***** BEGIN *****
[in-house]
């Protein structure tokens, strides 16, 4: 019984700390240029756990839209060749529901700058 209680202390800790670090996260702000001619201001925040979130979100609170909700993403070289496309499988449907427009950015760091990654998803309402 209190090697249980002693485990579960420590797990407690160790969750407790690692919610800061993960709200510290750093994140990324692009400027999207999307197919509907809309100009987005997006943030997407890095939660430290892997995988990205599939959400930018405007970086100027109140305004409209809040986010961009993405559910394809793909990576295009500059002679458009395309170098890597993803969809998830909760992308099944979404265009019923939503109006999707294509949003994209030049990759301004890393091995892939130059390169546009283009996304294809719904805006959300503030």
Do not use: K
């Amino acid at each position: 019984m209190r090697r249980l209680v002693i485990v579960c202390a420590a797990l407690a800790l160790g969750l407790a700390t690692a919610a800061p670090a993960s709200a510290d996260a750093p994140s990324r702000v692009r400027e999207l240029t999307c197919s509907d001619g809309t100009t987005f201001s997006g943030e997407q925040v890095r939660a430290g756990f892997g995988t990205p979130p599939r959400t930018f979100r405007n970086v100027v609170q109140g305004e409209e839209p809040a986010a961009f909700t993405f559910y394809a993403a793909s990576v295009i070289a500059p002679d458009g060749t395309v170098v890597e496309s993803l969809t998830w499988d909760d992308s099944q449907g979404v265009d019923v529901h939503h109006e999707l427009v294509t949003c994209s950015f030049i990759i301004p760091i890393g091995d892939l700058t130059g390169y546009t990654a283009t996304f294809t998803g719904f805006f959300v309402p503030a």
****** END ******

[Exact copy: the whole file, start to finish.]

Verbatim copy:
[in-house]
């Protein structure tokens, strides 16, 4: 019984700390240029756990839209060749529901700058 209680202390800790670090996260702000001619201001925040979130979100609170909700993403070289496309499988449907427009950015760091990654998803309402 209190090697249980002693485990579960420590797990407690160790969750407790690692919610800061993960709200510290750093994140990324692009400027999207999307197919509907809309100009987005997006943030997407890095939660430290892997995988990205599939959400930018405007970086100027109140305004409209809040986010961009993405559910394809793909990576295009500059002679458009395309170098890597993803969809998830909760992308099944979404265009019923939503109006999707294509949003994209030049990759301004890393091995892939130059390169546009283009996304294809719904805006959300503030």
Do not use: K
């Amino acid at each position: 019984m209190r090697r249980l209680v002693i485990v579960c202390a420590a797990l407690a800790l160790g969750l407790a700390t690692a919610a800061p670090a993960s709200a510290d996260a750093p994140s990324r702000v692009r400027e999207l240029t999307c197919s509907d001619g809309t100009t987005f201001s997006g943030e997407q925040v890095r939660a430290g756990f892997g995988t990205p979130p599939r959400t930018f979100r405007n970086v100027v609170q109140g305004e409209e839209p809040a986010a961009f909700t993405f559910y394809a993403a793909s990576v295009i070289a500059p002679d458009g060749t395309v170098v890597e496309s993803l969809t998830w499988d909760d992308s099944q449907g979404v265009d019923v529901h939503h109006e999707l427009v294509t949003c994209s950015f030049i990759i301004p760091i890393g091995d892939l700058t130059g390169y546009t990654a283009t996304f294809t998803g719904f805006f959300v309402p503030a």